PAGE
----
Religion of Millions of Gods
The legend says that Ganesha was born while his father Shiva was away on a hunting trip. As in many stories from the heroic or mythical ages, Ganesha was born full-grown, and he was protecting his mother when his father returned. Finding this stranger near his wife’s bath, Shiva promptly beheaded him. When Shiva discovered that he had in fact beheaded his own son, he promised Parvati to restore his head with the first head he encountered. Unfortunately, the first creature Shiva beheld was an elephant.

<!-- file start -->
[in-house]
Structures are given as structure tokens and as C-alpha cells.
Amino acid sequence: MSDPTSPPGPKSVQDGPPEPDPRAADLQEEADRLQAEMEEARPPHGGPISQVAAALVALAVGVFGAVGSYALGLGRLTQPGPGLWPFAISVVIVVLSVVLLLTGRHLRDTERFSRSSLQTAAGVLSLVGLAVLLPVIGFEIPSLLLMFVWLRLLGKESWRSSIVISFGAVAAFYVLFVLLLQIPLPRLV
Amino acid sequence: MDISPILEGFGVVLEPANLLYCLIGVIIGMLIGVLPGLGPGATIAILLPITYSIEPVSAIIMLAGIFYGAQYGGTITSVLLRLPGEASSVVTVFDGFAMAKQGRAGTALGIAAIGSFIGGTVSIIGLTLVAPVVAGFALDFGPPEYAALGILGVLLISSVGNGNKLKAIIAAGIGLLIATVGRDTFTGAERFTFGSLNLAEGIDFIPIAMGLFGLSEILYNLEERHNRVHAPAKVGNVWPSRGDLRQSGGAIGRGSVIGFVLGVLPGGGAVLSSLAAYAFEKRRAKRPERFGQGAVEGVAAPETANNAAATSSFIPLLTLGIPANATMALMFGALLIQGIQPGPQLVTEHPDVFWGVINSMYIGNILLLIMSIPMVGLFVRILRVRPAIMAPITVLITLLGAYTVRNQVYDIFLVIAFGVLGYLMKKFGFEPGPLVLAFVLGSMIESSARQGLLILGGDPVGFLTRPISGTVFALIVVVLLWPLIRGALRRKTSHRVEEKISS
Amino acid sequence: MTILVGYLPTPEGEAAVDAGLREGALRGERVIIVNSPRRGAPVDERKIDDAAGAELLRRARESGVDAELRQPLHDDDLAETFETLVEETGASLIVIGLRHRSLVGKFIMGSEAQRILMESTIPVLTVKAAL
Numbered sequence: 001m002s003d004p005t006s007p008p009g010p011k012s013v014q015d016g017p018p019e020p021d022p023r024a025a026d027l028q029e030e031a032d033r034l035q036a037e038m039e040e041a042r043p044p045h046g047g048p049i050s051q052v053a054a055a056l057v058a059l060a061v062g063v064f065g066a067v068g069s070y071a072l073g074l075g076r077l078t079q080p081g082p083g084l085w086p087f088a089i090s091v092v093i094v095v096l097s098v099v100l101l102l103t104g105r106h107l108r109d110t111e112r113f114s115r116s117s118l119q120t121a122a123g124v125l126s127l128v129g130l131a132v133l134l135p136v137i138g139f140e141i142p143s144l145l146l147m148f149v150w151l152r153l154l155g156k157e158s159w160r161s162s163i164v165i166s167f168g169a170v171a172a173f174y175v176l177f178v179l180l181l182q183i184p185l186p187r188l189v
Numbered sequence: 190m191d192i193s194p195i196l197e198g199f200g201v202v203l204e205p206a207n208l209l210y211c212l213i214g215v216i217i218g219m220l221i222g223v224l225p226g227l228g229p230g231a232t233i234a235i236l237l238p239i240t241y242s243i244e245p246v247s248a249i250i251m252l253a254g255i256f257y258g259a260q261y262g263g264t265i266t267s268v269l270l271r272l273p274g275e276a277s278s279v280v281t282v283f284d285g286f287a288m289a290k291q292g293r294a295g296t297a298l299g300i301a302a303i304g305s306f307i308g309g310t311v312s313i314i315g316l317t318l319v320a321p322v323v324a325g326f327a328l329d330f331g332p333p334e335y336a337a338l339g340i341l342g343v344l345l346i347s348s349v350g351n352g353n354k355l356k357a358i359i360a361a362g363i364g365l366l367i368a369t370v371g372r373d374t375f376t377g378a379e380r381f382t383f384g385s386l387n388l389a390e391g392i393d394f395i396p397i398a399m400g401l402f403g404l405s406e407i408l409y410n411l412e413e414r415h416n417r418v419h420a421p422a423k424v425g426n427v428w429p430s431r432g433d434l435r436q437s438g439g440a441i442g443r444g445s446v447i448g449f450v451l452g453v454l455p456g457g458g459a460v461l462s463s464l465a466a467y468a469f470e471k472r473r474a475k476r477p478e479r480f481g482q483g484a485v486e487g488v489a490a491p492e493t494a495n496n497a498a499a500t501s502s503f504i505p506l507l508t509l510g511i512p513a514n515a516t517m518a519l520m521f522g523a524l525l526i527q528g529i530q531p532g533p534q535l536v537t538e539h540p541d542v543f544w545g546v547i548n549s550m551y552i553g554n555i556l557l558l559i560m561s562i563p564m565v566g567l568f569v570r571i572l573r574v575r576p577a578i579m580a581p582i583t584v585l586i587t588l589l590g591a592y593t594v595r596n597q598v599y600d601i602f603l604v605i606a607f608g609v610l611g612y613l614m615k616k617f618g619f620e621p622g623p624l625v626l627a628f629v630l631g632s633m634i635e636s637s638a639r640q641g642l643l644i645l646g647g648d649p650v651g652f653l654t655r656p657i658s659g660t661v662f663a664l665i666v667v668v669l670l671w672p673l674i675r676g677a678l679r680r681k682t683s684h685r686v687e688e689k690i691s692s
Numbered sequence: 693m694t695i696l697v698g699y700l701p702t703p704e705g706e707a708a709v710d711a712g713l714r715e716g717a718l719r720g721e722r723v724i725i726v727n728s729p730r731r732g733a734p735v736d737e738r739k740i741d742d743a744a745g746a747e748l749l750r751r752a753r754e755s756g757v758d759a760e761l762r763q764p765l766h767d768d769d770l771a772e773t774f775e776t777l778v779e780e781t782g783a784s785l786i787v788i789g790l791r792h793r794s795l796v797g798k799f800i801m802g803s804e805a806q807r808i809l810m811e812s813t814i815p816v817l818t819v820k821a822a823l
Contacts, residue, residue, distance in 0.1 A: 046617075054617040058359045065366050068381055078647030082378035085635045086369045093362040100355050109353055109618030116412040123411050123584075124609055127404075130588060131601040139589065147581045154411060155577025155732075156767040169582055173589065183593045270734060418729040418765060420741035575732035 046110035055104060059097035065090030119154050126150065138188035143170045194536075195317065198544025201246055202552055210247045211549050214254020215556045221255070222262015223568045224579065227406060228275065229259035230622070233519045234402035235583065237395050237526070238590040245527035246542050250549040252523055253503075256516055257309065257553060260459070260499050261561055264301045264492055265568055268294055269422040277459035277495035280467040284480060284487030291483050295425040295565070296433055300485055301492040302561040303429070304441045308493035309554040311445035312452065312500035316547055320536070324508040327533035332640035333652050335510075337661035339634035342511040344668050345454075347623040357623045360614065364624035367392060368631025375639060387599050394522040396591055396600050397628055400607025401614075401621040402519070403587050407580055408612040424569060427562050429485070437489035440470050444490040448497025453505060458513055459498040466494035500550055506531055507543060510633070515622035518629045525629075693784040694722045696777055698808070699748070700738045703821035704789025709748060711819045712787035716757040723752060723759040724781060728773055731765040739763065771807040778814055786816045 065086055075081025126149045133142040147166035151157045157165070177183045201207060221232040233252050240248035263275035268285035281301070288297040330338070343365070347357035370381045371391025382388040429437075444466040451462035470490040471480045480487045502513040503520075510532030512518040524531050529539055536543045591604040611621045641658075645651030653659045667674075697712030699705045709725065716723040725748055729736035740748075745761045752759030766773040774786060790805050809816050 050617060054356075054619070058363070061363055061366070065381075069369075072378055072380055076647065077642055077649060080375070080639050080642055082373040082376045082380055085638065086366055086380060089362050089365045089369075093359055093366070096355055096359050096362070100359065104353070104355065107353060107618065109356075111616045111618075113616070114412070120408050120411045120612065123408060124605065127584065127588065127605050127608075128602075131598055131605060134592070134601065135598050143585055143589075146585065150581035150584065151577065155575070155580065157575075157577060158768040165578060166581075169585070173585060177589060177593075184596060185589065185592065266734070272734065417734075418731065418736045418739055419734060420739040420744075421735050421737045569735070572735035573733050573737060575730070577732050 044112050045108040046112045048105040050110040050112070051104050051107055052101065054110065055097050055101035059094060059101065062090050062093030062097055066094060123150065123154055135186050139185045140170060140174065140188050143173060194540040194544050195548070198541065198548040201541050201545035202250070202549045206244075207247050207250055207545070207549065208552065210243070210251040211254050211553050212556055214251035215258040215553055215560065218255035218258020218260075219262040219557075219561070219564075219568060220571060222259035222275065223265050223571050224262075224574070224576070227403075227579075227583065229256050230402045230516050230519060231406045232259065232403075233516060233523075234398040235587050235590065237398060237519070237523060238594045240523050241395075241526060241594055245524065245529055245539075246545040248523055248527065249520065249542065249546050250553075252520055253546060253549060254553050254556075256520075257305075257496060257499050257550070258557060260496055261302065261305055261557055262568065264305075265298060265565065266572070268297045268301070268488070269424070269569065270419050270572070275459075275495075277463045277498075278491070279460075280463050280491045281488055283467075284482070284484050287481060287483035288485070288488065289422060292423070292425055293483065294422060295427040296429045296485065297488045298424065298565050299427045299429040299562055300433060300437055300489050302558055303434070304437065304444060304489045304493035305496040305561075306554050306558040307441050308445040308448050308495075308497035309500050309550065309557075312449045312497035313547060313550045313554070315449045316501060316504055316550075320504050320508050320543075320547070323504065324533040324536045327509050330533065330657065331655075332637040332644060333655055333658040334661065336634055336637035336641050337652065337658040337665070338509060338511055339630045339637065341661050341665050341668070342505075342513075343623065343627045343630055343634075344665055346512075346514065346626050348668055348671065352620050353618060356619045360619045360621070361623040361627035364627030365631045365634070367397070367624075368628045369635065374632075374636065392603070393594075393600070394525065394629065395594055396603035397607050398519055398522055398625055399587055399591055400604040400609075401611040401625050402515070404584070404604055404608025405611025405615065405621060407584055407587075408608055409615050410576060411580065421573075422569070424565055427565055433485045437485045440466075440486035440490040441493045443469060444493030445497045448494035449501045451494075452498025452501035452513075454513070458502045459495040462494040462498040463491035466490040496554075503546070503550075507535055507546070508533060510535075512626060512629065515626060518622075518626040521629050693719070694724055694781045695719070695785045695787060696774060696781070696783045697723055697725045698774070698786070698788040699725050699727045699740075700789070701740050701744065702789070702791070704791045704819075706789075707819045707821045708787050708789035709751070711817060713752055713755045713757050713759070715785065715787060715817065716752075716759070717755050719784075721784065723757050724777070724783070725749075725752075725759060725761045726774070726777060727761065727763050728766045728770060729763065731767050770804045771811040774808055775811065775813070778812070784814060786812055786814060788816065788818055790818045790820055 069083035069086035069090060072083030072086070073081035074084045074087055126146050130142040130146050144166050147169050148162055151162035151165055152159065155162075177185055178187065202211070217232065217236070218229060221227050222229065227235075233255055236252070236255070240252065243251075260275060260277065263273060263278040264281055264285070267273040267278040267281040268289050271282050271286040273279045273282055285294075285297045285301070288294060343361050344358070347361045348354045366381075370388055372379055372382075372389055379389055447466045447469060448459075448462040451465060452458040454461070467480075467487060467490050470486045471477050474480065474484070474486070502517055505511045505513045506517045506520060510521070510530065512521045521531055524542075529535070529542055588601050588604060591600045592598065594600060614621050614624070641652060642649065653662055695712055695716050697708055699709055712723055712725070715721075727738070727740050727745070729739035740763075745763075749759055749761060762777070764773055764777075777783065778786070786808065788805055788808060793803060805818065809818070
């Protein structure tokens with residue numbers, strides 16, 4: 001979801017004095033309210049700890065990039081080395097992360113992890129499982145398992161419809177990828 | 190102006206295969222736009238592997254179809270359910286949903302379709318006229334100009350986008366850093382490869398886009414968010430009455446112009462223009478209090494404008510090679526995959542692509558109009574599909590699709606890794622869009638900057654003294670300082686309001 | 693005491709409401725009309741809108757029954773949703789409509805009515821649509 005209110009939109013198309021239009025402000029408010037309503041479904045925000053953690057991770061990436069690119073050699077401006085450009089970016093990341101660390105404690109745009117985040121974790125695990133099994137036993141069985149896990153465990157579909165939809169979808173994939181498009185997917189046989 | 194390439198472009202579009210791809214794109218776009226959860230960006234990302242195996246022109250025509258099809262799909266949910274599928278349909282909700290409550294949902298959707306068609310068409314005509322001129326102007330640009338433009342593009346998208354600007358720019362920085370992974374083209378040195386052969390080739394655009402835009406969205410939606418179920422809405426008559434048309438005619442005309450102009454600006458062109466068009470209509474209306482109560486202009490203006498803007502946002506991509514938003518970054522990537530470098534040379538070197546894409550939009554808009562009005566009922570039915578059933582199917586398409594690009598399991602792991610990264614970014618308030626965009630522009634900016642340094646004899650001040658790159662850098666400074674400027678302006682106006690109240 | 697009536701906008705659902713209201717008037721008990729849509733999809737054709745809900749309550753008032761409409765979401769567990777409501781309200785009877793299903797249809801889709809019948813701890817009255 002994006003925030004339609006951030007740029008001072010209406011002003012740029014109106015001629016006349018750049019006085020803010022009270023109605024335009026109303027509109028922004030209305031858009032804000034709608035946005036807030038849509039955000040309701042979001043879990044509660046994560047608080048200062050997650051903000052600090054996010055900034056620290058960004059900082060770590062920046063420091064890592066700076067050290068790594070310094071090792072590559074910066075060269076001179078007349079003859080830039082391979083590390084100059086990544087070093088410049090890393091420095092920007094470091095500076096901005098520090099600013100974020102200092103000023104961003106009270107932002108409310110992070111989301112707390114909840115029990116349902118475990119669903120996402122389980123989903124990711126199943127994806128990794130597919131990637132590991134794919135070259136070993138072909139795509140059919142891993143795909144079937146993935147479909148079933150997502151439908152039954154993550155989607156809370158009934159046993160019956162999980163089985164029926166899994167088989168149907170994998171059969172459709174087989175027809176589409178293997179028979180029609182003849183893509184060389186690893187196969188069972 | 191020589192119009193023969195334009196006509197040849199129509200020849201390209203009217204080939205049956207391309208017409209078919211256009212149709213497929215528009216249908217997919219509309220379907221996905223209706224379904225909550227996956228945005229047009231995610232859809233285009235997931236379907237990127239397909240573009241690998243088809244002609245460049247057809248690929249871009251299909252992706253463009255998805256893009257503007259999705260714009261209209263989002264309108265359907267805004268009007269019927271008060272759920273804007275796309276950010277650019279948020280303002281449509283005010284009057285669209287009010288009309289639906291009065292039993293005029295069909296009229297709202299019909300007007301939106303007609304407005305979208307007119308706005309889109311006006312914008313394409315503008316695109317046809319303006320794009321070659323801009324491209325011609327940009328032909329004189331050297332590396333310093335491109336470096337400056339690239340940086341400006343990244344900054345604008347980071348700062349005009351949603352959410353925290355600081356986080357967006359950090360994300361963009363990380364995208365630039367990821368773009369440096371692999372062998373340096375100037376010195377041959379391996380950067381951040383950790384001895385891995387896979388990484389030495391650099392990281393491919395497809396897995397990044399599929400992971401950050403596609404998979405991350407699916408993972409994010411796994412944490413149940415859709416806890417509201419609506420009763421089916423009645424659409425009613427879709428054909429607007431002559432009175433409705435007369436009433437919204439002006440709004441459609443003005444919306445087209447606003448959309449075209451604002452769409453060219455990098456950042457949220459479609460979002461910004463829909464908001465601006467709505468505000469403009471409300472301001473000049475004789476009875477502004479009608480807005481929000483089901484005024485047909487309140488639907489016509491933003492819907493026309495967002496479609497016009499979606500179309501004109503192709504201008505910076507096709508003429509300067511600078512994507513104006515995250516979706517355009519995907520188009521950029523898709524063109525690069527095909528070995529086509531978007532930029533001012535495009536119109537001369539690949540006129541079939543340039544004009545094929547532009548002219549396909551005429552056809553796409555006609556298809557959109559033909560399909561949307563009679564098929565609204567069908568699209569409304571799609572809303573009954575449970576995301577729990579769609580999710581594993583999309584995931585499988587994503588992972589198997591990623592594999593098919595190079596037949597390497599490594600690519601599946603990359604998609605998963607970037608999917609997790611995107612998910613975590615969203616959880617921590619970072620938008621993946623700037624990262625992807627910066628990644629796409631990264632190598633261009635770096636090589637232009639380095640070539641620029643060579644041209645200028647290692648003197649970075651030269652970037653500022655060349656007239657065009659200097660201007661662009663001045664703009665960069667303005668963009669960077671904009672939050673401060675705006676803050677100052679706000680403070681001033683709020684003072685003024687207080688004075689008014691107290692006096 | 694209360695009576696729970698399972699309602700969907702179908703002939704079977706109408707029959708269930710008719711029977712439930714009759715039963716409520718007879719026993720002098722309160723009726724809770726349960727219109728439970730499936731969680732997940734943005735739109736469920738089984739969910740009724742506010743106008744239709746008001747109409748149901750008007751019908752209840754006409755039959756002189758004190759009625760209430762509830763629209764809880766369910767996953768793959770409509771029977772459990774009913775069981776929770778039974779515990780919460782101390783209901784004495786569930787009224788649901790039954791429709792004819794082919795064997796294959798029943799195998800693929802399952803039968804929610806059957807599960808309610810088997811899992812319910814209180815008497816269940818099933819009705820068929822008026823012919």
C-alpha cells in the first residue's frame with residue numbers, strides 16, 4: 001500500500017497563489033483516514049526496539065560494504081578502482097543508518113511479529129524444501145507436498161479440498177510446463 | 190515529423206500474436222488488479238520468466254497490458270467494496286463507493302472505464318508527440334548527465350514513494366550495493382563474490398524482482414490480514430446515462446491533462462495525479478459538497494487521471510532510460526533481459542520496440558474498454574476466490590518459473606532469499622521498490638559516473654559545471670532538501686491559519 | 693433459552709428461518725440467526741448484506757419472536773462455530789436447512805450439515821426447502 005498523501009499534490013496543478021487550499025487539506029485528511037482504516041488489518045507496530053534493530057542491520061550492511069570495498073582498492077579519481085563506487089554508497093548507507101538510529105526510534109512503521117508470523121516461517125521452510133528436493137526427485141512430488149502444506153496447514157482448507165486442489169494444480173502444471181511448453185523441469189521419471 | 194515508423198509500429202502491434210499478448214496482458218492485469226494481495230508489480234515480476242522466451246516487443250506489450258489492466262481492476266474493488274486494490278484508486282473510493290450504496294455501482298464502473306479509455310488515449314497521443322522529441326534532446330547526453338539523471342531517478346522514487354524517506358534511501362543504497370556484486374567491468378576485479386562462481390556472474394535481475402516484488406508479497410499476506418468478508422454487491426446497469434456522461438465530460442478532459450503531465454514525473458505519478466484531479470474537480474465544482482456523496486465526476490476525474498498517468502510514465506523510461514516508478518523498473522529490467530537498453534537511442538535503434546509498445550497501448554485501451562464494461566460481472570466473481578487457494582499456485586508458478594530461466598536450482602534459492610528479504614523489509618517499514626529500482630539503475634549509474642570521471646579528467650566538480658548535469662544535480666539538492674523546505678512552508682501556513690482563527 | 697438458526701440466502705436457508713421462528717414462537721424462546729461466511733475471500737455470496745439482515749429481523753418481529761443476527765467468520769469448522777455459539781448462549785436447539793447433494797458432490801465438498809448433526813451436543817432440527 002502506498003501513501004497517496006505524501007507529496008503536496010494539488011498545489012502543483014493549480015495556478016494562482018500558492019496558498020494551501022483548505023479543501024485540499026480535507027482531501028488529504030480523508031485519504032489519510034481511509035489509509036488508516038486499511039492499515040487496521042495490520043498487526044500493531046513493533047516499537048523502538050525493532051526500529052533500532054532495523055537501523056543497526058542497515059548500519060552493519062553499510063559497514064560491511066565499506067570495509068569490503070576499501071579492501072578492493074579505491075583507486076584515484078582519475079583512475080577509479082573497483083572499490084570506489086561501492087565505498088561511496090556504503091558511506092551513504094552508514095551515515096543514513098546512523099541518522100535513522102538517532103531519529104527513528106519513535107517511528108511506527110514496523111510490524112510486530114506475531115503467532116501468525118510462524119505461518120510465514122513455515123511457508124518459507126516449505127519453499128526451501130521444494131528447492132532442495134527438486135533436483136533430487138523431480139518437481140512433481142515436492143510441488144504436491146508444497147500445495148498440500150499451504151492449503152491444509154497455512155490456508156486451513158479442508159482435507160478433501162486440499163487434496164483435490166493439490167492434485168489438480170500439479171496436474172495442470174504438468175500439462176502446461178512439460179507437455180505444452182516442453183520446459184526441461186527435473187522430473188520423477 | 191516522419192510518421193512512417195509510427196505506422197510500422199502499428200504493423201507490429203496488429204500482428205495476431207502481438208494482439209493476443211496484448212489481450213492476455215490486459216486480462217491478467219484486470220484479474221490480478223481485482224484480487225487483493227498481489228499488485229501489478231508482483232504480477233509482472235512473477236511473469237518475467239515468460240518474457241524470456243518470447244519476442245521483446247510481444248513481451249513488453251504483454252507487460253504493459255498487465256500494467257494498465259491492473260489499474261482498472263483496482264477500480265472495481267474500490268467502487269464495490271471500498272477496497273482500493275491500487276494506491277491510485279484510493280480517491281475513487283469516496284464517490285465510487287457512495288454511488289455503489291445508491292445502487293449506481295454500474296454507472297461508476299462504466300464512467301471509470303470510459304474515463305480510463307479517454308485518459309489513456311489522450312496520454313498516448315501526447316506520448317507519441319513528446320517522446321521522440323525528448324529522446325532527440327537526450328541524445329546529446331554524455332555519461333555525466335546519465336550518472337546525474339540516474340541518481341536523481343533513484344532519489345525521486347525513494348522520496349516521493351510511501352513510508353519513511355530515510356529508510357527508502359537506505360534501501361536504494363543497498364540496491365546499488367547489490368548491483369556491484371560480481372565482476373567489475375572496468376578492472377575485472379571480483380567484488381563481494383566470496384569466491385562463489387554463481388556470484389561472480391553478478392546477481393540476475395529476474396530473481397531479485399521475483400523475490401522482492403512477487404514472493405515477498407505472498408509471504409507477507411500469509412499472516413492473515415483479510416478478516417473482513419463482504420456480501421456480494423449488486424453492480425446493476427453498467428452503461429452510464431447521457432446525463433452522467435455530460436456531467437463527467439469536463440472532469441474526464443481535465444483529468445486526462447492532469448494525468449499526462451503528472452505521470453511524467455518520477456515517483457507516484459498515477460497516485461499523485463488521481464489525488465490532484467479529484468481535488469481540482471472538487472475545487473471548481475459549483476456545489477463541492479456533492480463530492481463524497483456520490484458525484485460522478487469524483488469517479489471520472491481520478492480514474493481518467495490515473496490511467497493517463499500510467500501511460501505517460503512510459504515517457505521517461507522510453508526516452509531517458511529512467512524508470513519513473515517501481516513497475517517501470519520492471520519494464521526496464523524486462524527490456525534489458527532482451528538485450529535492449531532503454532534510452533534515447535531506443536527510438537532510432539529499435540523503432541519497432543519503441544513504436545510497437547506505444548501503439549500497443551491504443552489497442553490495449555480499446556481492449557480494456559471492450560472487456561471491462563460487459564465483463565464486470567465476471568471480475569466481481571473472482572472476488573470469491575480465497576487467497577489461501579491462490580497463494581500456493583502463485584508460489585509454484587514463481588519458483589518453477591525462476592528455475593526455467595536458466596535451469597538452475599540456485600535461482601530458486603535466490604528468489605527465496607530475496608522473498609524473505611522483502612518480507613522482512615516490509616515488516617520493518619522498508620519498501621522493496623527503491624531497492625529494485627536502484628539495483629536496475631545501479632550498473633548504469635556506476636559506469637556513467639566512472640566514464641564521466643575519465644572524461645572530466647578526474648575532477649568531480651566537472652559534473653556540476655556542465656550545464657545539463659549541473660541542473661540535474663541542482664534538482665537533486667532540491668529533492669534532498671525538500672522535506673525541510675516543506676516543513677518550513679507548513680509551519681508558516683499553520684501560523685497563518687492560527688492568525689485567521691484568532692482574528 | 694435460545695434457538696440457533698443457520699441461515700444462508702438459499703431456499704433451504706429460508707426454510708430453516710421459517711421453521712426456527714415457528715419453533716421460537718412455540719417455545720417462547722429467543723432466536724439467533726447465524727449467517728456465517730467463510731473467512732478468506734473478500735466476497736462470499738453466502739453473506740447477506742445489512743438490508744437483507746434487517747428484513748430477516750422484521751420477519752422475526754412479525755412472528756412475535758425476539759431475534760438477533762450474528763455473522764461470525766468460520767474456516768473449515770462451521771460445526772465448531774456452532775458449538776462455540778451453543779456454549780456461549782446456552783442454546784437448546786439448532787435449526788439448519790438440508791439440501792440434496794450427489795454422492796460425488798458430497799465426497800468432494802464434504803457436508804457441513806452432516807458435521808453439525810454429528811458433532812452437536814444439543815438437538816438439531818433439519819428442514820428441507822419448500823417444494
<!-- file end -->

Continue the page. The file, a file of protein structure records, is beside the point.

With almost 33 million of gods and goddesses the Hindu system of beliefs gives a kind of freedom in choosing the one being worshipped in particular. Regional and family traditions can play a large role in influencing this choice. Ganesha, the god of power and wisdom is extremely popular in the Indian state of Maharashtra.
However not him but his father is one of the most important gods in Hindu mythology. Shiva the destroyer, together with Brahma the creator and Wishnu the preserver they are considered as Trimurti, three aspects of the universal supreme God.
Hindu practices include daily rituals such as puja, recitations, annual festivals and occasional pilgrimages with amazing, vibrant temples in the centre of this, always full of life, giving a great insight into the Hindu great heritage and its influence on Indian society.